- The U.S. talent shortage has tripled in 10 years, according to a Feb. 7 ManpowerGroup survey. If employers can't find the talent they need, the report concluded, they need to find out what workers want.
- More than two-thirds of organizations struggle to find skilled workers — a figure up from 14% in 2010, the poll of 2,000 U.S. employers and 1,5000 workers said. The three hardest positions to fill are the in skilled trades, IT and Sales & Marketing.
- "As U.S. employers face the highest skills shortages in over a decade, the relationship between employer and employee is shifting," ManpowerGroup North America President Becky Frankiewicz said in a media release. "Now is the time for employers to differentiate themselves and think differently about what they offer, starting with the opportunity to blend work and home and creating clear career pathways to in-demand jobs."
ManpowerGroup released a report in January showing that the global talent shortage had doubled in the last 10 years. In that survey, more than half of employers on a global scale acknowledged the severity of the talent shortage, and out of 44 countries, 36 reported having difficulty filling positions in 2018.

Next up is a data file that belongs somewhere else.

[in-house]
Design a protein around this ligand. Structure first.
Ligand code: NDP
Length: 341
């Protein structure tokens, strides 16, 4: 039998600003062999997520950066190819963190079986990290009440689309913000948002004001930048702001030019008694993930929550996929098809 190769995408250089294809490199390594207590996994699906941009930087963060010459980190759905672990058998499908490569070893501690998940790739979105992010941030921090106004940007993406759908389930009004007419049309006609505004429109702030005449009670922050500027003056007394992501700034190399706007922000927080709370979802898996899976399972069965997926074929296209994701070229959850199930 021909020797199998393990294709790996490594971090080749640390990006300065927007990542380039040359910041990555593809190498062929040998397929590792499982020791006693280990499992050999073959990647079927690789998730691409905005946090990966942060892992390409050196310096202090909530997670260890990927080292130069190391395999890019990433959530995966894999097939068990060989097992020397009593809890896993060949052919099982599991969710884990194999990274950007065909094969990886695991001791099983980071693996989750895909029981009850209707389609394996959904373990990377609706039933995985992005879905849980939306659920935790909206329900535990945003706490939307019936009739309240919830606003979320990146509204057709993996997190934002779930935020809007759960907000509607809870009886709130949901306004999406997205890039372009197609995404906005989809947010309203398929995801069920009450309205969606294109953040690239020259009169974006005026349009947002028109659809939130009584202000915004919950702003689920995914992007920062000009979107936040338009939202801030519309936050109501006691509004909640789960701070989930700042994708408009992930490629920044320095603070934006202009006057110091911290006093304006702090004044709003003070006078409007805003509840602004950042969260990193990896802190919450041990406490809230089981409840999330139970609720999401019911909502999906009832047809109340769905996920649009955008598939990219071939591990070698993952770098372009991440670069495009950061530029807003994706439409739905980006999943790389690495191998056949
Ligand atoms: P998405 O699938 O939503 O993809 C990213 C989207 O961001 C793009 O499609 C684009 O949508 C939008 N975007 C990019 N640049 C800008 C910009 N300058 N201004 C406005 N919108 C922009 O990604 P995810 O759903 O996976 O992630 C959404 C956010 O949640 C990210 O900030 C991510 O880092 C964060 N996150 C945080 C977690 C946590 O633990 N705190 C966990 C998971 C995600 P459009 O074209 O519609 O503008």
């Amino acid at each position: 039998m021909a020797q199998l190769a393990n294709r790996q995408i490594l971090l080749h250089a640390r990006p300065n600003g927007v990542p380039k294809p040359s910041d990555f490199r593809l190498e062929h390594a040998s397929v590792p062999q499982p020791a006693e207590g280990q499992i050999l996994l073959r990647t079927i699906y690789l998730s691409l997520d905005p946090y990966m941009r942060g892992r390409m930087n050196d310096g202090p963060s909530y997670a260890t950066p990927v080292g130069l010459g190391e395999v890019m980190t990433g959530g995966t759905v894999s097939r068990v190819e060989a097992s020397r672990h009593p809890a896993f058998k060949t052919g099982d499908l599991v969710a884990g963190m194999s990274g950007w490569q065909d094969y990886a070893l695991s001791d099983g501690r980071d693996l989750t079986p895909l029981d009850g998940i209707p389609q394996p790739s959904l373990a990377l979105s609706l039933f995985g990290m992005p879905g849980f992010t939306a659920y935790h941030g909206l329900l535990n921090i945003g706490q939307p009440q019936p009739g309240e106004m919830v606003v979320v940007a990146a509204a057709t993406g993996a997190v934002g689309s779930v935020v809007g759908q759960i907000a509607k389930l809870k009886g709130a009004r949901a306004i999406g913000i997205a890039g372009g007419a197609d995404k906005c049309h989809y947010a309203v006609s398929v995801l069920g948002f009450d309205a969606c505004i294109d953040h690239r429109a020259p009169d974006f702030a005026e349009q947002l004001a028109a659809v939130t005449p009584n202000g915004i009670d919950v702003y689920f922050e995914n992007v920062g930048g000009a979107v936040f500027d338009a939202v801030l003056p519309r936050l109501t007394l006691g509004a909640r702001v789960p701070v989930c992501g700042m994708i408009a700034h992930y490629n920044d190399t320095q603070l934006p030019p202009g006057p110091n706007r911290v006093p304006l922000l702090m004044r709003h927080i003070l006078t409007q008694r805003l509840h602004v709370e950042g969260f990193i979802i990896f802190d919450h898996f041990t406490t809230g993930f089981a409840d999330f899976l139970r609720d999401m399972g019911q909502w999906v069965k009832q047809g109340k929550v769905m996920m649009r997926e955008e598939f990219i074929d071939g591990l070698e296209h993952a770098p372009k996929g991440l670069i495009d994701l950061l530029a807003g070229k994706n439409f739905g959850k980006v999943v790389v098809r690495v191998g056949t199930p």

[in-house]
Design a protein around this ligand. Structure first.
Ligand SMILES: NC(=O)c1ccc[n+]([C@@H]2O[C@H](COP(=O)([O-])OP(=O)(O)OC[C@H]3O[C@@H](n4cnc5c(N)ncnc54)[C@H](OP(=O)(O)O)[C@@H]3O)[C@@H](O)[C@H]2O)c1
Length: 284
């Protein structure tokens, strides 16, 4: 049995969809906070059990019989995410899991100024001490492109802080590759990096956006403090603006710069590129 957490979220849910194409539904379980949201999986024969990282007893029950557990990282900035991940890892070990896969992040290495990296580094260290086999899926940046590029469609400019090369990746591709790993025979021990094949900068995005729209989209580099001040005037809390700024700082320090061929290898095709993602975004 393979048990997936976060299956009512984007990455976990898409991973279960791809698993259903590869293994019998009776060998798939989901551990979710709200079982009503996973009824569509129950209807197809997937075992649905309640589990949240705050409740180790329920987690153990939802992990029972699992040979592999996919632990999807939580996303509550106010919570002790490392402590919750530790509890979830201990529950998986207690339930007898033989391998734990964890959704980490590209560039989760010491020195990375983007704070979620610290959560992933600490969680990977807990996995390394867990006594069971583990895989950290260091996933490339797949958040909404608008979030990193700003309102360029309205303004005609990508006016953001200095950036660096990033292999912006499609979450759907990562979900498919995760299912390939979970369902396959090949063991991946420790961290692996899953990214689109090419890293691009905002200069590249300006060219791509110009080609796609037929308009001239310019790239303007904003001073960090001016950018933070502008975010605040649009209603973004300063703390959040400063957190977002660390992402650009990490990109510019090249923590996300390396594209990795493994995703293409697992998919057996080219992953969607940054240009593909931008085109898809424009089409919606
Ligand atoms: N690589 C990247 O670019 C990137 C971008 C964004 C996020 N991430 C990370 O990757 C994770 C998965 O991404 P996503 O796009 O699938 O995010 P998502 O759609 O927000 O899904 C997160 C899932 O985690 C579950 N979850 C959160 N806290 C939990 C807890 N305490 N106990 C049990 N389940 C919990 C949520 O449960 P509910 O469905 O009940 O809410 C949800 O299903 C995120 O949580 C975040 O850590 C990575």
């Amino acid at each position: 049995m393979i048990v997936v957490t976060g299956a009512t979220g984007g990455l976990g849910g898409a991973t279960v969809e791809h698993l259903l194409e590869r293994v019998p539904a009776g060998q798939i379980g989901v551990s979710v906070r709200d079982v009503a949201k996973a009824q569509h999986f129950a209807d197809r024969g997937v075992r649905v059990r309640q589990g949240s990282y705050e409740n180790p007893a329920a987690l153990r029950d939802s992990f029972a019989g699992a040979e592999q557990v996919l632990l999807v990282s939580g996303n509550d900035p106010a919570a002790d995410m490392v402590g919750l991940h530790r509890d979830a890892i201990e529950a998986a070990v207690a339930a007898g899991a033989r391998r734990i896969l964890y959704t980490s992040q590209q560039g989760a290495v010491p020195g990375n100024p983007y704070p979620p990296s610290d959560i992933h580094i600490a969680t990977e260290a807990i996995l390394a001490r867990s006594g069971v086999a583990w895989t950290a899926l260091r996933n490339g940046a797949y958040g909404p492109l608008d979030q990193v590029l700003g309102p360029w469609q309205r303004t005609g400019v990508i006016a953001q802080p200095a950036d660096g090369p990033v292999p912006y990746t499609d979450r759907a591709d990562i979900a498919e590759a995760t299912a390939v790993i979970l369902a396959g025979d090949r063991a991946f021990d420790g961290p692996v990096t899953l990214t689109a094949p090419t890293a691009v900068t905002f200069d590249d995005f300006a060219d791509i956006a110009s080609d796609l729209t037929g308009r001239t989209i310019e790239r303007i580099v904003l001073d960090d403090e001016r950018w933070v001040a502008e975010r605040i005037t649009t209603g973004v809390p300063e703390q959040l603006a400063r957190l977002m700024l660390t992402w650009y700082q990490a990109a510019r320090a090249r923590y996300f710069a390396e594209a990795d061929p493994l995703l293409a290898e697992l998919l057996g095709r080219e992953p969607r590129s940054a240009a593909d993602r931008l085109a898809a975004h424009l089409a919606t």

With the talent shortage tripling in the U.S., employers have an even greater recruiting challenge ahead. In fact, a January report from The Conference Board reported similar results, concluding that the talent shortage, along with a possible recession, is a top worry among CEOs. But despite their concerns, the company heads said they planned to provide a solution by "developing more innovative cultures and new business models."
Given the current state of hiring, it's no surprise that proactive talent management emerged as one of five top talent trends for 2020; talent management will have to shift from being a reactive business function, experts told HR Dive in a recent interview. Michael Stephan, Deloitte's U.S. human capital leader, cited the complex make up of the workforce — including the combination of employees, independent workers and robots — as the reason talent managers may need to make the shift.